With this heartwarming, intergenerational dramedy about a Pakistani/British teen who falls in love with Bruce Springsteen’s music, Gurinder Chadha (“Bend It like Beckham”) delivers one of the last – and best – cinematic gifts of the summer.
Settling in the tiny, working-class town of Luton, Javed Khan’s (Viveik Kalra) family were among the first Pakistanis on the block, inciting anti-immigrant racism from National Front fascists that continues on a daily basis. And when Javed’s stern father (Kulvinder Ghir) loses his job in 1897, things only get worse.
One day, a Sikh pal (Aaron Phagura) gives him cassette tapes of “Born in the U.S.A.” and “Darkness on the Edge of Town.” Suddenly, listening to Springsteen’s lyrics, Javed realizes he’s not alone in his confusion about identity, romance and yearning to escape. Basically, Javed’s world changes!
Javed yearns to be a writer but no one takes him seriously until, one day, in high school, an English teacher (Hayley Atwell) reads some of his work. That opens yet another door, one that leads him to Asbury Park, New Jersey, to visit the birthplace/home of The Boss.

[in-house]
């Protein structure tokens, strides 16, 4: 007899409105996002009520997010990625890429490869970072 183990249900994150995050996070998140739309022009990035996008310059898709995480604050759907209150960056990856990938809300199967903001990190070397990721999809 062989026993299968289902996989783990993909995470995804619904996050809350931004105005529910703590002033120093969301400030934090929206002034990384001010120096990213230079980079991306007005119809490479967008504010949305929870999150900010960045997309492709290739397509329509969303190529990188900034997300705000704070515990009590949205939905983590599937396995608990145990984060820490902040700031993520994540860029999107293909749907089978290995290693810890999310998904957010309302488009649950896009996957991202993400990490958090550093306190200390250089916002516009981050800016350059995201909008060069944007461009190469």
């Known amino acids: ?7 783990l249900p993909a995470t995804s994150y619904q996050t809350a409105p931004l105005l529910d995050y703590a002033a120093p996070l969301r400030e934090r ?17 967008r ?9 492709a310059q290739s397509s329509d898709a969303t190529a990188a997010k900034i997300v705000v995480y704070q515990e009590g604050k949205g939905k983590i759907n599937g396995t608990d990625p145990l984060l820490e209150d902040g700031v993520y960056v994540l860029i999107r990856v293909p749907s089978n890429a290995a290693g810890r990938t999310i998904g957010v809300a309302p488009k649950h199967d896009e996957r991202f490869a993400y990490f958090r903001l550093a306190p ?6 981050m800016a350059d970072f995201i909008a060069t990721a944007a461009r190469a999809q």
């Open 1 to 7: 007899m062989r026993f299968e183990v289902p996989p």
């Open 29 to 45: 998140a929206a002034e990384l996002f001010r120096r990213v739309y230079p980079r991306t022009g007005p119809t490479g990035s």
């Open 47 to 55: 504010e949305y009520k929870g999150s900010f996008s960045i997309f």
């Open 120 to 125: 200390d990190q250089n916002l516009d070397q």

Curiously, the concept bears several similarities to “Yesterday” (2019) since both are set in England, rely on classic rock songs and introduce British-born Indian actors in the leads. But “Yesterday” was fantasy, while “Blinded” is based on a true story.
Adapted from British/Pakistani journalist Sarfraz Manzoor’s 2007 memoir “Greetings from Bury Park,” it’s adapted and directed by Gurinder Chadha who, along with her co-writing husband Paul Mayeda Berges, creates a character-driven, coming-of-age story about confronting family tradition. Sure, it’s over-simplified and cheesy, at times – but the emotional resonance remains.
A devoted Springsteen fan, Ms. Chadha received special permission from The Boss not only to use his songs throughout the film but also to feature “Jungleland” as National Front white supremacists march through Luton.
On the Granger Movie Gauge of 1 to 10, “Blinded by the Light” is a thoroughly enjoyable 8, a jubilant tribute to the way pop songs can ignite our lives.